Margaret Anderson Kelliher raises $1 million, but burns through cash
DFL-endorsed Margaret Anderson Kelliher says her gubernatorial campaign has raised almost a cool $1 million so far in 2010. But while the figure sounds like a lot of dough, but the fact is that Team Kelliher currently only has about $385,000 left -- and that's an issue as she battles Mark Dayton and Matt Entenza in the DFL primary next month.
Both opponents claim huge personal fortunes, making funding one of the former legislator's biggest obstacles between here and the governor's mansion.
"I think Margaret's in for a battle for the nomination and, frankly, whatever advantage she has coming out of the convention is really going to pale in comparison to the money the name recognition the talent and the energy that Dayton and Entenza are going to bring," said political analyst Larry Jacobs in an interview after the DFL convention earlier this year.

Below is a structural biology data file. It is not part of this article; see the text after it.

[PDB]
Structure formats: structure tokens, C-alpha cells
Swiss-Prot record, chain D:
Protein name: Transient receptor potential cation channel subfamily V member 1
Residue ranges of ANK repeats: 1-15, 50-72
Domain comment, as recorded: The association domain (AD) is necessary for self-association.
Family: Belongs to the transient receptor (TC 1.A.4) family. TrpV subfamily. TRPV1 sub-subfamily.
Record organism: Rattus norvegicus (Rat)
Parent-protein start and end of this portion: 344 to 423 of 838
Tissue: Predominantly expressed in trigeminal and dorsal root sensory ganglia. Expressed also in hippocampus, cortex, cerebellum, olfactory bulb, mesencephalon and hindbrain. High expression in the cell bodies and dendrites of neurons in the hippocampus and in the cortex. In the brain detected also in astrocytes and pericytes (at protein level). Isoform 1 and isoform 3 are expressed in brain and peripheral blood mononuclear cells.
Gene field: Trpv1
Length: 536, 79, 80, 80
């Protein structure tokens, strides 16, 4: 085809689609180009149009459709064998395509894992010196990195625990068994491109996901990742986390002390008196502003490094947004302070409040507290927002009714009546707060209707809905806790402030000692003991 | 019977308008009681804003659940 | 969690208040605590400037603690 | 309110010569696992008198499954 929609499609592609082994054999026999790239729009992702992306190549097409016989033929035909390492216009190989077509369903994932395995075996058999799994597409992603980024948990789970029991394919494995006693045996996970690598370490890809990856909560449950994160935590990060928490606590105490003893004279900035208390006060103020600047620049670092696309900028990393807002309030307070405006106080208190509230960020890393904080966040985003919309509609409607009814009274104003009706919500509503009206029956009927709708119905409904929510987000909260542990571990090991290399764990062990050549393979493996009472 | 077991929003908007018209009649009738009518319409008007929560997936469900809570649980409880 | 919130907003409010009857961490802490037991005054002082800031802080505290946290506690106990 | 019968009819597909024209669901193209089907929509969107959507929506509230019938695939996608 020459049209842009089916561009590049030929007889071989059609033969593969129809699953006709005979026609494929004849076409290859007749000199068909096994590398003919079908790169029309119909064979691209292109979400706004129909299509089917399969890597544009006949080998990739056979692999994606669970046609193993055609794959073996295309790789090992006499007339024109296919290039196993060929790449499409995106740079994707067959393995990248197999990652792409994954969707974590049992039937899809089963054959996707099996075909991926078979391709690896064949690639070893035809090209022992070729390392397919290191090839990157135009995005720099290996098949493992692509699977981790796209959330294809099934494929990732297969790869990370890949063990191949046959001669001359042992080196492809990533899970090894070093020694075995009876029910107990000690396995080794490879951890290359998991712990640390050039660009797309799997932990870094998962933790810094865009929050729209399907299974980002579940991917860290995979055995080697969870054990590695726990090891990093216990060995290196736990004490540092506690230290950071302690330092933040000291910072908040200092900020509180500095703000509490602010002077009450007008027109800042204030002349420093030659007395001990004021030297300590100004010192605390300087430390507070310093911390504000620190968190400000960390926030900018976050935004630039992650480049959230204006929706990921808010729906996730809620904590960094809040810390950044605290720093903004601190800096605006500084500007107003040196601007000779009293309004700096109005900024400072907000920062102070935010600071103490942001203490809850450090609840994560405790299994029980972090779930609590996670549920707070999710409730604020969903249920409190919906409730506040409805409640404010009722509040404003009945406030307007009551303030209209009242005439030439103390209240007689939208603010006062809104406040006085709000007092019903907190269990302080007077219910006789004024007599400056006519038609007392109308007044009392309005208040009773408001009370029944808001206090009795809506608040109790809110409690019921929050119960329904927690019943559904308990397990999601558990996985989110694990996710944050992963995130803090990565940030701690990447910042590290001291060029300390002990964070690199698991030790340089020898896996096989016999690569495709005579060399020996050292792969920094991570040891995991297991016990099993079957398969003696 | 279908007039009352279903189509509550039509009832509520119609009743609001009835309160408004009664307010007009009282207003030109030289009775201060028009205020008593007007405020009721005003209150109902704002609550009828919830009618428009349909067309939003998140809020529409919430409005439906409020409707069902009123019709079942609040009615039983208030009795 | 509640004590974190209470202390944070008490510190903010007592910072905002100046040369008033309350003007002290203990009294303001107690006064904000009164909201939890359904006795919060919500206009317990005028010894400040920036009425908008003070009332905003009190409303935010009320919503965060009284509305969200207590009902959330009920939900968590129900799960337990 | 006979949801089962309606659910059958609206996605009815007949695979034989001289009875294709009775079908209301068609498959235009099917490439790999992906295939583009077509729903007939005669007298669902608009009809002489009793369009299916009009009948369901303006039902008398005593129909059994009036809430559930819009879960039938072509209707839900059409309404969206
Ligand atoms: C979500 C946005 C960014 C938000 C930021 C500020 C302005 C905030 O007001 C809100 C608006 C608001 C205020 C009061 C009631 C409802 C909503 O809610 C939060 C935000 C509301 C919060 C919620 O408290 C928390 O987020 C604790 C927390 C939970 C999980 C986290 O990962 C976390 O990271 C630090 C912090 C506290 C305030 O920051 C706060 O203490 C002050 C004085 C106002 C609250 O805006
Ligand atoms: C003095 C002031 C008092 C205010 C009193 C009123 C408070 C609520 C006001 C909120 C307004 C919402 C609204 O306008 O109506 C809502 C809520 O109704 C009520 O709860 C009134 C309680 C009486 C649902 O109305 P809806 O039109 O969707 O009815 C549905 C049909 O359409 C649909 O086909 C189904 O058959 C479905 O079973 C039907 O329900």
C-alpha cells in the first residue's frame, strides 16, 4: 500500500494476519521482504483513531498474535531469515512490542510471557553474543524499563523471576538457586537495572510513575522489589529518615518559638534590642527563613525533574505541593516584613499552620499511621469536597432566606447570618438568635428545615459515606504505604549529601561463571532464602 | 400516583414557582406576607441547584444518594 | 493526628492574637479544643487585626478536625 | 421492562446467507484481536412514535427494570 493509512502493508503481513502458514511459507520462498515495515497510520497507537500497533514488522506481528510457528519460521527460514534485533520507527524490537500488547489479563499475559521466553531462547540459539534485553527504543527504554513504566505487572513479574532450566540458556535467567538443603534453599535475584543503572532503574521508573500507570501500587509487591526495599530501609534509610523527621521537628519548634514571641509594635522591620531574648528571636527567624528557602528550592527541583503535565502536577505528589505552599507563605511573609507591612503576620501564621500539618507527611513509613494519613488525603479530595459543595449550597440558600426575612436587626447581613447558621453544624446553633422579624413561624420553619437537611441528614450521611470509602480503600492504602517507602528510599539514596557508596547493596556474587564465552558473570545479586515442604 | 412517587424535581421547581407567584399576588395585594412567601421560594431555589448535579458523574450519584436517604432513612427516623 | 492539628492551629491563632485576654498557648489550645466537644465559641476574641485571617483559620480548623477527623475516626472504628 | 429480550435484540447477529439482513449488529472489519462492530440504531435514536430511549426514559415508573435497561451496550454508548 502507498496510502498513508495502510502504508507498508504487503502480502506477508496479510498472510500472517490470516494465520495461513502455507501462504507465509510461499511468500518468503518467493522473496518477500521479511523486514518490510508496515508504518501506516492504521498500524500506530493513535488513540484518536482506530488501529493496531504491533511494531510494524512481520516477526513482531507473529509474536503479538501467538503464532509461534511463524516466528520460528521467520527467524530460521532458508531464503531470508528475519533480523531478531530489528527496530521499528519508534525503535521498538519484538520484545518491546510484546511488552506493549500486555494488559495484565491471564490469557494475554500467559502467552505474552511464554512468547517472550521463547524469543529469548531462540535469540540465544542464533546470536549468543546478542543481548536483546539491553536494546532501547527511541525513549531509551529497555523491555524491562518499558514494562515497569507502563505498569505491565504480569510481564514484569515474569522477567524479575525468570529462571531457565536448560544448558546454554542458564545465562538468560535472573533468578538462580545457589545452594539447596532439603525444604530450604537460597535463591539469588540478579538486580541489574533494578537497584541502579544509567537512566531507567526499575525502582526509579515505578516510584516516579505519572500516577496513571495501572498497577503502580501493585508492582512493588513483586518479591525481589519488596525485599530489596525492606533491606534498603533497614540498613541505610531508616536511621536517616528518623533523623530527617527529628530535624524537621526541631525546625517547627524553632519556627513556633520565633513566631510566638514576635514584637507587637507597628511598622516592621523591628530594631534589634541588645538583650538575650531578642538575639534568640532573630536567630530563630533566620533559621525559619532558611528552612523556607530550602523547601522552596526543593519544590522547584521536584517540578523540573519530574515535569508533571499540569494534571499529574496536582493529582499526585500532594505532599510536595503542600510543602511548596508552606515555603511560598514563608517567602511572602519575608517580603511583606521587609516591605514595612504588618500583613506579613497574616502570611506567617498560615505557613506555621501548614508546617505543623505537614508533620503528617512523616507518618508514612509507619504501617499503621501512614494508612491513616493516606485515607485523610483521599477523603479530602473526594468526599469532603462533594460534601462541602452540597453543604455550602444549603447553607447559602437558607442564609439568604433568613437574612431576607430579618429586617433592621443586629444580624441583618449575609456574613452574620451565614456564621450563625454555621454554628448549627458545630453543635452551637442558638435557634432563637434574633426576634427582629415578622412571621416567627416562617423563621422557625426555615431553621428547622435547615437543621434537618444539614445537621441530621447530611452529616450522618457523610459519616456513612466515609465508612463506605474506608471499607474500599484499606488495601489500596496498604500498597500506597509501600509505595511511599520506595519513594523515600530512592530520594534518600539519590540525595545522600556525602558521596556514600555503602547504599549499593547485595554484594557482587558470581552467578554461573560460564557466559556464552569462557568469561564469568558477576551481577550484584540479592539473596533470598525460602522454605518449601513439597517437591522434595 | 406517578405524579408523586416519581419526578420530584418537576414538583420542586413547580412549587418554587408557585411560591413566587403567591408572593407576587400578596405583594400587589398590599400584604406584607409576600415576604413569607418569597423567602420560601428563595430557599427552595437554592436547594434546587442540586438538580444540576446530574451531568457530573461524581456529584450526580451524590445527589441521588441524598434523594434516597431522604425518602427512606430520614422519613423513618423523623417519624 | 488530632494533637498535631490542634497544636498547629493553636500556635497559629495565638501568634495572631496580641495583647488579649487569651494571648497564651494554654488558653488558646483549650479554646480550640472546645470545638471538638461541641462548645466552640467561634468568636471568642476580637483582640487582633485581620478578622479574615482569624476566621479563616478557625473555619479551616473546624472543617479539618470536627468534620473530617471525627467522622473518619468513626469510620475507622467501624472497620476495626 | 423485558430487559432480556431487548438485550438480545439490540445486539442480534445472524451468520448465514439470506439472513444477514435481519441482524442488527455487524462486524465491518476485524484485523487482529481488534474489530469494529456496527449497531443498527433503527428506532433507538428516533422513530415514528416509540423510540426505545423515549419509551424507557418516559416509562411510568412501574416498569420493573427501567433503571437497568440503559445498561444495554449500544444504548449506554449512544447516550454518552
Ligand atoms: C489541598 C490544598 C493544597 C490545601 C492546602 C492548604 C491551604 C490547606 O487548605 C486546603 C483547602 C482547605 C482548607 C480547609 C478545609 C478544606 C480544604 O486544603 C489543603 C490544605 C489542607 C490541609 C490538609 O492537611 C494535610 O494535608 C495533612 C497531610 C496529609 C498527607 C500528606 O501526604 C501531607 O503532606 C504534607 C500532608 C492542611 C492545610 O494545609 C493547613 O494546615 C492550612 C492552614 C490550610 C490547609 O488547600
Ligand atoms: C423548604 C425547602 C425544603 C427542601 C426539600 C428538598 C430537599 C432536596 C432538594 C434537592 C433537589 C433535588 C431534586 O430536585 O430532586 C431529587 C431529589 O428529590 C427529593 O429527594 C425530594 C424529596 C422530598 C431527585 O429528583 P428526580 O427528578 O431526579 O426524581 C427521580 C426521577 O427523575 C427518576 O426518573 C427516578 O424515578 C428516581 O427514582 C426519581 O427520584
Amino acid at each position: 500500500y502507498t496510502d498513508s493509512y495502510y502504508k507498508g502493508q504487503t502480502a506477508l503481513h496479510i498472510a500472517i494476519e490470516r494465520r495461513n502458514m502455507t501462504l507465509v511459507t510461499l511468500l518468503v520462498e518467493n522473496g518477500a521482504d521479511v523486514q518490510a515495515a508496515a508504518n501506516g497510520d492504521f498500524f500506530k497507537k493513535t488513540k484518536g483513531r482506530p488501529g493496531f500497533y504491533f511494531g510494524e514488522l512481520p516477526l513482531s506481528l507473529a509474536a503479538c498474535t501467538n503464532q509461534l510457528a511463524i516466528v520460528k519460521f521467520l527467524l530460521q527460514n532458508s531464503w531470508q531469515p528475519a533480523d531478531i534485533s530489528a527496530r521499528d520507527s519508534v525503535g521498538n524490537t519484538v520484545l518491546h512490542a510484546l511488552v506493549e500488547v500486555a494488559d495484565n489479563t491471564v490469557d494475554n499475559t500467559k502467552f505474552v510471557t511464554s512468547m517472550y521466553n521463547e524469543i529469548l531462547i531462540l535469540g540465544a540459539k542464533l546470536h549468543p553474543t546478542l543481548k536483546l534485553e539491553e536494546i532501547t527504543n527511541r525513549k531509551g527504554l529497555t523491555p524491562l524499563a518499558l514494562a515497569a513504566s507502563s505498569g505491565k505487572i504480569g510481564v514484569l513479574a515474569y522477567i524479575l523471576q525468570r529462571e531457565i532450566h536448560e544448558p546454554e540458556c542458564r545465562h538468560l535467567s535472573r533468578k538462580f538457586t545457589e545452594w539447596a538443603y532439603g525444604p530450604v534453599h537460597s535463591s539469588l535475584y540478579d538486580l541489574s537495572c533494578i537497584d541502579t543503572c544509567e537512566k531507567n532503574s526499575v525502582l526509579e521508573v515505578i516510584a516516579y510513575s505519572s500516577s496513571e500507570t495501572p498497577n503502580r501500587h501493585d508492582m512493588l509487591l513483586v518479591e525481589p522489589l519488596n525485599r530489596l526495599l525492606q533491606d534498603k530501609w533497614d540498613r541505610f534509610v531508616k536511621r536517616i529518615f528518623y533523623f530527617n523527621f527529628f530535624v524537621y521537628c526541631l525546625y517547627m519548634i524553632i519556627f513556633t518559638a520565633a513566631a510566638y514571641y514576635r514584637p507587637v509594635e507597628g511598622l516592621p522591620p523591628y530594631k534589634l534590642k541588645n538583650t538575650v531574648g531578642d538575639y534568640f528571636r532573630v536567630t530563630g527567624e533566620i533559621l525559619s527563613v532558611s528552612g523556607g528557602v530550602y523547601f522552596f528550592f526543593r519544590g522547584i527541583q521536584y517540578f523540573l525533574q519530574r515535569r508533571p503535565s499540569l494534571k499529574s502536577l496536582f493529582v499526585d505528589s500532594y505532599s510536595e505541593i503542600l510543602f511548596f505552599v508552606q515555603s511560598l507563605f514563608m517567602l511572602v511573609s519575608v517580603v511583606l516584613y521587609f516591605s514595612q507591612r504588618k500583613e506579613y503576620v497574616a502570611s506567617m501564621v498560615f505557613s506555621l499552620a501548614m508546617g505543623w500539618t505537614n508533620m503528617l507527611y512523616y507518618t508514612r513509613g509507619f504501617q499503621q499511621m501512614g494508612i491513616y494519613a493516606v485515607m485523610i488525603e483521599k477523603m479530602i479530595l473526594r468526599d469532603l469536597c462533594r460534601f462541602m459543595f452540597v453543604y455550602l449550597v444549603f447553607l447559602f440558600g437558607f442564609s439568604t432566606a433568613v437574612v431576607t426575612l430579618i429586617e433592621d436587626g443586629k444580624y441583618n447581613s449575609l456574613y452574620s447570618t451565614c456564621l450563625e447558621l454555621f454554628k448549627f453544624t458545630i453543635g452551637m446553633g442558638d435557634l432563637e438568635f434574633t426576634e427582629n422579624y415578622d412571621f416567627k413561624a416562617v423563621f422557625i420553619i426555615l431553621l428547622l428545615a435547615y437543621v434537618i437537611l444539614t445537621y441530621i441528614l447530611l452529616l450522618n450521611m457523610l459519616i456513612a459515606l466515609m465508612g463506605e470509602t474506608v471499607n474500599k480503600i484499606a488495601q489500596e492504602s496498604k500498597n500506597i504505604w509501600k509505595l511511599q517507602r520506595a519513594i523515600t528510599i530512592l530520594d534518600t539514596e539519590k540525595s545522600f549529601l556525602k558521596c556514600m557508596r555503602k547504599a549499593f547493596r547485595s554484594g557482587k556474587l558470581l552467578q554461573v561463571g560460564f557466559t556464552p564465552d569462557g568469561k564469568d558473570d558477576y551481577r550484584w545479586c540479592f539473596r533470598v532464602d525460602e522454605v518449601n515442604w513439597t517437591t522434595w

DFL Party Chair Brian Melendez voiced a similar concern.
"That is a real issue," said Melendez in May. "When you're running against millionaires who are willing to spend their own money and you're limited to $2,000 per donation, that is not a level playing field. The DFL Party is here to help, but even the party itself doesn't have the kind of money that Matt Entenza and Mark Dayton do."
The reporting deadline for campaign finances is today, so we should expect to see financial disclosure from the other candidates soon.
While releasing her required campaign finance information early, Kelliher also voluntarily released her family's personal financial information, including her husband's income sources. Kelliher called Minnesota's campaign disclosure laws too lax, and proposed a reform that would require each candidate and their spouse to disclose their personal income, sources of income, stocks and property value.
Get the This Week's Top Stories Newsletter
Every week we collect the latest news, music and arts stories — along with film and food reviews and the best things to do this week — so that you’ll never miss City Pages' biggest stories.